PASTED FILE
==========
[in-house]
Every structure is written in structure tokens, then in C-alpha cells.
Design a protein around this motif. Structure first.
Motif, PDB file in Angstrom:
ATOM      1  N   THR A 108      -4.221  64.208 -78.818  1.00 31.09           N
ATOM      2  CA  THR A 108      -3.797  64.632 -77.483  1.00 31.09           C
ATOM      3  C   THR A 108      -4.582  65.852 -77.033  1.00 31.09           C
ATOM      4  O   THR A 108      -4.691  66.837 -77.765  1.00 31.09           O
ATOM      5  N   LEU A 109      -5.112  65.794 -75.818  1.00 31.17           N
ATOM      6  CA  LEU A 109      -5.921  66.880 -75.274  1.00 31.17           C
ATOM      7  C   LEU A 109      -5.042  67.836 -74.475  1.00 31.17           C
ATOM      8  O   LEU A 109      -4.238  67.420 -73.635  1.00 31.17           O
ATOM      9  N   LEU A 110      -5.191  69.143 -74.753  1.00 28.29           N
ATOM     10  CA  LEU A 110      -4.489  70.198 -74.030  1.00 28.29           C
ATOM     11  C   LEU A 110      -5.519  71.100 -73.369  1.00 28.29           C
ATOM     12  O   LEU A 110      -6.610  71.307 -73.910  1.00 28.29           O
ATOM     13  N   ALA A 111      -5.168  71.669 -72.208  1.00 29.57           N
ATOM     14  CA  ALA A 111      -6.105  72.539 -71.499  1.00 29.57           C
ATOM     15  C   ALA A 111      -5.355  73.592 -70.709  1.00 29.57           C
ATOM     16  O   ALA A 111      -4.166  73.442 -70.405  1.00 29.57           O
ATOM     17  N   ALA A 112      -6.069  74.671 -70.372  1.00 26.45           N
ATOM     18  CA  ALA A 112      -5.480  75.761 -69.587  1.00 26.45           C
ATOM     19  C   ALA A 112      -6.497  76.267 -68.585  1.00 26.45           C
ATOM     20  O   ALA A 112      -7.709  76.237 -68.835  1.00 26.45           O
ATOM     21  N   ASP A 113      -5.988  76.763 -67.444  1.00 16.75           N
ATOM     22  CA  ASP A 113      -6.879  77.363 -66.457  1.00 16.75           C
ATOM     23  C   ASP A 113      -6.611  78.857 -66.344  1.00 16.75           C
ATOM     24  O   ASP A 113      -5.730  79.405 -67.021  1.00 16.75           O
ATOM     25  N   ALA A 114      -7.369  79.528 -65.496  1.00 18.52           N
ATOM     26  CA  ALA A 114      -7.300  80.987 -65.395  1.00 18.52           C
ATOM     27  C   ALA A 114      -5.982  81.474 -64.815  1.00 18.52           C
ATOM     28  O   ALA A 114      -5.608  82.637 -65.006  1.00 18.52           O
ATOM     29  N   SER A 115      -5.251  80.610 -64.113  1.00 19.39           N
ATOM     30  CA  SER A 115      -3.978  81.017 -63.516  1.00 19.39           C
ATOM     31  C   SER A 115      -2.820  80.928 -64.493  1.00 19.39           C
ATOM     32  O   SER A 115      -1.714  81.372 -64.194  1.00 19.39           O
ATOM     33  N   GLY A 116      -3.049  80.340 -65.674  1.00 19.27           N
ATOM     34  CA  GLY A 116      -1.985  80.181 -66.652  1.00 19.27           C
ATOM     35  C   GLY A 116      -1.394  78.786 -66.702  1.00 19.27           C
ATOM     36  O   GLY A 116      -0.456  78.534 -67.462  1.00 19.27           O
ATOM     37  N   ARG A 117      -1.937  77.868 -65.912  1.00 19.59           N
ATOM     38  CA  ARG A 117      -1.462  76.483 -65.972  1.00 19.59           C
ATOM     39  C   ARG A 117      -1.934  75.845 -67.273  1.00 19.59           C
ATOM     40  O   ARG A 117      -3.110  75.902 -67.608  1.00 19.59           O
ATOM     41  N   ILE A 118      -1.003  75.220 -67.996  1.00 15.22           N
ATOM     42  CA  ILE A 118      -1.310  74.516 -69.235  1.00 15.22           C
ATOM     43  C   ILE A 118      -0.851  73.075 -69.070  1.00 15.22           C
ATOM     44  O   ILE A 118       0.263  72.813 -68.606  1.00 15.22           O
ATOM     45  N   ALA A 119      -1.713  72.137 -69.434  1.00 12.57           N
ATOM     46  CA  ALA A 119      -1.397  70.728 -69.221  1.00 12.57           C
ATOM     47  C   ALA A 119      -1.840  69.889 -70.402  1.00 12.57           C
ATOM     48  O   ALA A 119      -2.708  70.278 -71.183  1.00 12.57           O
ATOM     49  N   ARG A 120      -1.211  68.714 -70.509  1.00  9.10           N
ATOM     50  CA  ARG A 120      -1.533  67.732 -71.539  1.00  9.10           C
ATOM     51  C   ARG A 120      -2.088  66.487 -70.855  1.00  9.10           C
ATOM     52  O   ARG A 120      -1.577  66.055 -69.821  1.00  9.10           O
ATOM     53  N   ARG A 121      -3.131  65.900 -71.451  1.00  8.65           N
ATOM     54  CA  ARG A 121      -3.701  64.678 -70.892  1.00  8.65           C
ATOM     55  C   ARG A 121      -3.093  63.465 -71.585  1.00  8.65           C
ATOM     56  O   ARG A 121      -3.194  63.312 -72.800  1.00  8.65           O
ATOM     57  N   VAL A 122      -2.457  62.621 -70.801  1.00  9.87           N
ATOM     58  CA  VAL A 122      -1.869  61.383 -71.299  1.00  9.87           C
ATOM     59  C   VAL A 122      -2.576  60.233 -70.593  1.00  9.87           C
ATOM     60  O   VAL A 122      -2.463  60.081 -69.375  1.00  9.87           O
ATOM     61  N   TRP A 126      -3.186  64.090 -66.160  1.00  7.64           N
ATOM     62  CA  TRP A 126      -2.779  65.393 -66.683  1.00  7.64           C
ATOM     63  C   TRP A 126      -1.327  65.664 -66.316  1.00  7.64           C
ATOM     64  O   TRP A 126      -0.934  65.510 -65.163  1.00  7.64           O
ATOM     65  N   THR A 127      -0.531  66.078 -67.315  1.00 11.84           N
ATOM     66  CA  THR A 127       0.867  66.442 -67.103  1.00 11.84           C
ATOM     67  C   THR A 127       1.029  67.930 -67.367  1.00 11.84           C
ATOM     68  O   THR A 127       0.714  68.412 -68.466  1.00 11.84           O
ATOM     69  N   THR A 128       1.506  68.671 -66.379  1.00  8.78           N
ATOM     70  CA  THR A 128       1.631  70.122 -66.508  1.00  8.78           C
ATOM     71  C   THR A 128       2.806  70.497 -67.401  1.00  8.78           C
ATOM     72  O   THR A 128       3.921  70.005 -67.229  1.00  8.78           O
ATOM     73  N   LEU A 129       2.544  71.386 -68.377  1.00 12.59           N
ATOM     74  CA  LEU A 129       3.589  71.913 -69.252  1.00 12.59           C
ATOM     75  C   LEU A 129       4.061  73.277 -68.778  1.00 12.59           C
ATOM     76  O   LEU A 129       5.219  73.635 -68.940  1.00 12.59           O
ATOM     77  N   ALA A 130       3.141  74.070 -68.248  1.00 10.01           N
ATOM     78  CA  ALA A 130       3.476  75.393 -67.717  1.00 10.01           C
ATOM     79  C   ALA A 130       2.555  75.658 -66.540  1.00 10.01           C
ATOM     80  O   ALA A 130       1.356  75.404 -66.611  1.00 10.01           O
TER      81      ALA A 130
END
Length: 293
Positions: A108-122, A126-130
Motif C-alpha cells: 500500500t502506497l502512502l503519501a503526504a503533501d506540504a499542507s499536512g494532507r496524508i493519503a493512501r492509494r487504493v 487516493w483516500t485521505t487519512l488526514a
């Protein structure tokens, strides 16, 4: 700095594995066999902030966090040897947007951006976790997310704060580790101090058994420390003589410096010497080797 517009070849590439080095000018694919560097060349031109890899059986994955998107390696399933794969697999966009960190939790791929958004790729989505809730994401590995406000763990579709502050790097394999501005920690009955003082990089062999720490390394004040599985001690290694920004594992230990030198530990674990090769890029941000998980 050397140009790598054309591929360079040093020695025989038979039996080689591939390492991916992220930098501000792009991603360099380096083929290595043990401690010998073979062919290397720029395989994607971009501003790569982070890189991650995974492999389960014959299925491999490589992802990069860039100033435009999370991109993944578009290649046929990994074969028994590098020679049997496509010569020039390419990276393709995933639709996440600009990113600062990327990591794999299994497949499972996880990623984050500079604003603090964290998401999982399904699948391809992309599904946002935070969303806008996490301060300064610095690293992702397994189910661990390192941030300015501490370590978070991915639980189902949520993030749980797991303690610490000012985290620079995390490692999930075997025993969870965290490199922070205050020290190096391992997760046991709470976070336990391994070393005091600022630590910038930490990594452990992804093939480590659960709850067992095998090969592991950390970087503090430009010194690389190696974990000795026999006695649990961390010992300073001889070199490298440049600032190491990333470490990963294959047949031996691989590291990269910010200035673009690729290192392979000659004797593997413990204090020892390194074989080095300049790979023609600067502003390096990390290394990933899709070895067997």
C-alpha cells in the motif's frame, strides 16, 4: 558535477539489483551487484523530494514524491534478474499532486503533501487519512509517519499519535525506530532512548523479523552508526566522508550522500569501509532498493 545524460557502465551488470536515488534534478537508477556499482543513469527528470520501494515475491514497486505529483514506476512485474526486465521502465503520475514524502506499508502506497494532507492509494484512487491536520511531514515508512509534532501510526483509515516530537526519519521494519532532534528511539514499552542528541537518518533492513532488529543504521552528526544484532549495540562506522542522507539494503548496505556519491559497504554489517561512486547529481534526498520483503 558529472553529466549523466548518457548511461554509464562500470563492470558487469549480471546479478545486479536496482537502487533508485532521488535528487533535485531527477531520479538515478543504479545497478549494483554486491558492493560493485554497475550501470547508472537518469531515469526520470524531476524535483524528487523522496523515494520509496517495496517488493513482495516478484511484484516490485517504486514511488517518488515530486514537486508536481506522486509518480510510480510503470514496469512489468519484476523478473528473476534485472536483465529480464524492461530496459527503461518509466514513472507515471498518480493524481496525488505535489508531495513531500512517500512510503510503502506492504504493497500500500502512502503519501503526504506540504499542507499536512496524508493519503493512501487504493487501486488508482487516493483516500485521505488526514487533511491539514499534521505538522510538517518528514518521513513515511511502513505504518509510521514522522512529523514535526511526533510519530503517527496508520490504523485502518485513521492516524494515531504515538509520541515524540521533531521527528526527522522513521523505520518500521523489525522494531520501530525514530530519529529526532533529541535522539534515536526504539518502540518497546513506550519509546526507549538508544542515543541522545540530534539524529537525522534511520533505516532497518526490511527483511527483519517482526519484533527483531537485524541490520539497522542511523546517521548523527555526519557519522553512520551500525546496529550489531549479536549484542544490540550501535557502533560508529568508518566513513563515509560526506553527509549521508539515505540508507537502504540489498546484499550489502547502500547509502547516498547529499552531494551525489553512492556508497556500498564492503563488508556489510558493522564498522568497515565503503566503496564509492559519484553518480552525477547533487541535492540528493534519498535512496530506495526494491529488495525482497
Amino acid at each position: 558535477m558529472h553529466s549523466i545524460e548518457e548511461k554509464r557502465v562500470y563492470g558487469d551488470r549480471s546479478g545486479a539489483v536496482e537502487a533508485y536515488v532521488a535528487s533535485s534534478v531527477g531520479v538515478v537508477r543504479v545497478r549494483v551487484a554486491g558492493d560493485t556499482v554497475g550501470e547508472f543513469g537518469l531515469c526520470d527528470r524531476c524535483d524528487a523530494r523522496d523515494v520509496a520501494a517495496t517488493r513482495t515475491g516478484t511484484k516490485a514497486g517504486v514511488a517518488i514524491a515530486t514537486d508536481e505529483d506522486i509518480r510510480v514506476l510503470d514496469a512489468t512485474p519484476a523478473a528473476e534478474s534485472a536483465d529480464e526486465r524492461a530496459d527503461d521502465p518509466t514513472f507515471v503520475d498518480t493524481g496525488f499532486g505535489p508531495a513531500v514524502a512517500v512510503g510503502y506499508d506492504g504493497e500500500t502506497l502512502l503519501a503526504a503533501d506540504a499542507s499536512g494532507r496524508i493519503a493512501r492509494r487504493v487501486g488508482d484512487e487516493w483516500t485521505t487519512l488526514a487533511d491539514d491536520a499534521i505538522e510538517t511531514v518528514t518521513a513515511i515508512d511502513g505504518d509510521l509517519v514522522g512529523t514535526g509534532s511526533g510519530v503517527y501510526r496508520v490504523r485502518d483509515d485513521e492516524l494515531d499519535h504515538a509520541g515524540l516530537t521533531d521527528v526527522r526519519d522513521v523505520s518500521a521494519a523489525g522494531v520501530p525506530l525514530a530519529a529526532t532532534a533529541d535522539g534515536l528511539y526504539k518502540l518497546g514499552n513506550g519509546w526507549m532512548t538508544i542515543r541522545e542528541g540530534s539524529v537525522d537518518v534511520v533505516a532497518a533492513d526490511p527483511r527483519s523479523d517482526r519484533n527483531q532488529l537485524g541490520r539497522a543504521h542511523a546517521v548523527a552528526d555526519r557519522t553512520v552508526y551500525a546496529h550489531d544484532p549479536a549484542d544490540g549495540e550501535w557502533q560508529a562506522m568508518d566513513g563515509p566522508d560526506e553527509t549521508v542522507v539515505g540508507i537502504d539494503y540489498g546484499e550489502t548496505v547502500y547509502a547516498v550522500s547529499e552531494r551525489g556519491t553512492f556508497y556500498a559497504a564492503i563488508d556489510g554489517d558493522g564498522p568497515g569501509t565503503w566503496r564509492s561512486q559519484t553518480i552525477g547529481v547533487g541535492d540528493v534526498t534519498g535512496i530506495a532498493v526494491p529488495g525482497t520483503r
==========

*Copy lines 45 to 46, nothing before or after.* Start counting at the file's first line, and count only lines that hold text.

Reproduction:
ATOM     41  N   ILE A 118      -1.003  75.220 -67.996  1.00 15.22           N
ATOM     42  CA  ILE A 118      -1.310  74.516 -69.235  1.00 15.22           C